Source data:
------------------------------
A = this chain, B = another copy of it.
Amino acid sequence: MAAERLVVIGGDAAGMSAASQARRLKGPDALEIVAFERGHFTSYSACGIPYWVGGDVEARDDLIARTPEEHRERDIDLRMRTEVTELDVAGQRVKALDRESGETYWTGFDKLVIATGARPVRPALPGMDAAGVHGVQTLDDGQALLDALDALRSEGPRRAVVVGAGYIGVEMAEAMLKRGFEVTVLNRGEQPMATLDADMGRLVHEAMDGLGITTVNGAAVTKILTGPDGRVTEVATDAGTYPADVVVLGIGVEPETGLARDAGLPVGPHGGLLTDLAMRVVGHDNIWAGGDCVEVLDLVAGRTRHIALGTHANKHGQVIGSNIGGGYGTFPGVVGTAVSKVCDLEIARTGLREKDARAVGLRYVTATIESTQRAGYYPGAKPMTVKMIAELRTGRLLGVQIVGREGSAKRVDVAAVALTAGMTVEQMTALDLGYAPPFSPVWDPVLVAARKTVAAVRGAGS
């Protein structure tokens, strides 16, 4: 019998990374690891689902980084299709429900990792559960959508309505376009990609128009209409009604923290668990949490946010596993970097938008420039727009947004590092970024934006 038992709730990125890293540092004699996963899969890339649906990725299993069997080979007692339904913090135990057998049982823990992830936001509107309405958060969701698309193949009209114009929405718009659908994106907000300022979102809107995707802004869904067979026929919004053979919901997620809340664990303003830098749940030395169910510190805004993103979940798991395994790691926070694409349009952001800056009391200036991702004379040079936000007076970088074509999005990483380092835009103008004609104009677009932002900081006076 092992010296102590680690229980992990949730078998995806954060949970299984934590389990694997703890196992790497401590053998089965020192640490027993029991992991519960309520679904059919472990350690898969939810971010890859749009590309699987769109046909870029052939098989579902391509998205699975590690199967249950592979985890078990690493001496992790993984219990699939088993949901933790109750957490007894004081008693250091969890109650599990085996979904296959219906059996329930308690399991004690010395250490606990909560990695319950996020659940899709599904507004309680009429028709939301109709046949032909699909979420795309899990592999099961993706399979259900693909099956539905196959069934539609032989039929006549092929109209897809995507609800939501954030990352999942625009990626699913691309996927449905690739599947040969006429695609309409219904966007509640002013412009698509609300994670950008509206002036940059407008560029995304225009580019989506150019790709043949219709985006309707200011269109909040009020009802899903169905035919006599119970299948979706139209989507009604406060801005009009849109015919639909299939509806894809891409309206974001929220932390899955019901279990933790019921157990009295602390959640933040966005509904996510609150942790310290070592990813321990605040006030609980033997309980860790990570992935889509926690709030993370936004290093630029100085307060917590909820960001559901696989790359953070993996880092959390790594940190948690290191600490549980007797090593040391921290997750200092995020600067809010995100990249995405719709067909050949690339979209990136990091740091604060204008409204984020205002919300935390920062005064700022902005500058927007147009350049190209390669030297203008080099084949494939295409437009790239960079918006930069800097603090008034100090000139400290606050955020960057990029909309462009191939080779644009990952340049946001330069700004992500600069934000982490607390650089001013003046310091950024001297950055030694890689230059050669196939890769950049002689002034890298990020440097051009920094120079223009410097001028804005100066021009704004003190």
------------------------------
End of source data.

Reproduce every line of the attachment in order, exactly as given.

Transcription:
A = this chain, B = another copy of it.
Amino acid sequence: MAAERLVVIGGDAAGMSAASQARRLKGPDALEIVAFERGHFTSYSACGIPYWVGGDVEARDDLIARTPEEHRERDIDLRMRTEVTELDVAGQRVKALDRESGETYWTGFDKLVIATGARPVRPALPGMDAAGVHGVQTLDDGQALLDALDALRSEGPRRAVVVGAGYIGVEMAEAMLKRGFEVTVLNRGEQPMATLDADMGRLVHEAMDGLGITTVNGAAVTKILTGPDGRVTEVATDAGTYPADVVVLGIGVEPETGLARDAGLPVGPHGGLLTDLAMRVVGHDNIWAGGDCVEVLDLVAGRTRHIALGTHANKHGQVIGSNIGGGYGTFPGVVGTAVSKVCDLEIARTGLREKDARAVGLRYVTATIESTQRAGYYPGAKPMTVKMIAELRTGRLLGVQIVGREGSAKRVDVAAVALTAGMTVEQMTALDLGYAPPFSPVWDPVLVAARKTVAAVRGAGS
């Protein structure tokens, strides 16, 4: 019998990374690891689902980084299709429900990792559960959508309505376009990609128009209409009604923290668990949490946010596993970097938008420039727009947004590092970024934006 038992709730990125890293540092004699996963899969890339649906990725299993069997080979007692339904913090135990057998049982823990992830936001509107309405958060969701698309193949009209114009929405718009659908994106907000300022979102809107995707802004869904067979026929919004053979919901997620809340664990303003830098749940030395169910510190805004993103979940798991395994790691926070694409349009952001800056009391200036991702004379040079936000007076970088074509999005990483380092835009103008004609104009677009932002900081006076 092992010296102590680690229980992990949730078998995806954060949970299984934590389990694997703890196992790497401590053998089965020192640490027993029991992991519960309520679904059919472990350690898969939810971010890859749009590309699987769109046909870029052939098989579902391509998205699975590690199967249950592979985890078990690493001496992790993984219990699939088993949901933790109750957490007894004081008693250091969890109650599990085996979904296959219906059996329930308690399991004690010395250490606990909560990695319950996020659940899709599904507004309680009429028709939301109709046949032909699909979420795309899990592999099961993706399979259900693909099956539905196959069934539609032989039929006549092929109209897809995507609800939501954030990352999942625009990626699913691309996927449905690739599947040969006429695609309409219904966007509640002013412009698509609300994670950008509206002036940059407008560029995304225009580019989506150019790709043949219709985006309707200011269109909040009020009802899903169905035919006599119970299948979706139209989507009604406060801005009009849109015919639909299939509806894809891409309206974001929220932390899955019901279990933790019921157990009295602390959640933040966005509904996510609150942790310290070592990813321990605040006030609980033997309980860790990570992935889509926690709030993370936004290093630029100085307060917590909820960001559901696989790359953070993996880092959390790594940190948690290191600490549980007797090593040391921290997750200092995020600067809010995100990249995405719709067909050949690339979209990136990091740091604060204008409204984020205002919300935390920062005064700022902005500058927007147009350049190209390669030297203008080099084949494939295409437009790239960079918006930069800097603090008034100090000139400290606050955020960057990029909309462009191939080779644009990952340049946001330069700004992500600069934000982490607390650089001013003046310091950024001297950055030694890689230059050669196939890769950049002689002034890298990020440097051009920094120079223009410097001028804005100066021009704004003190």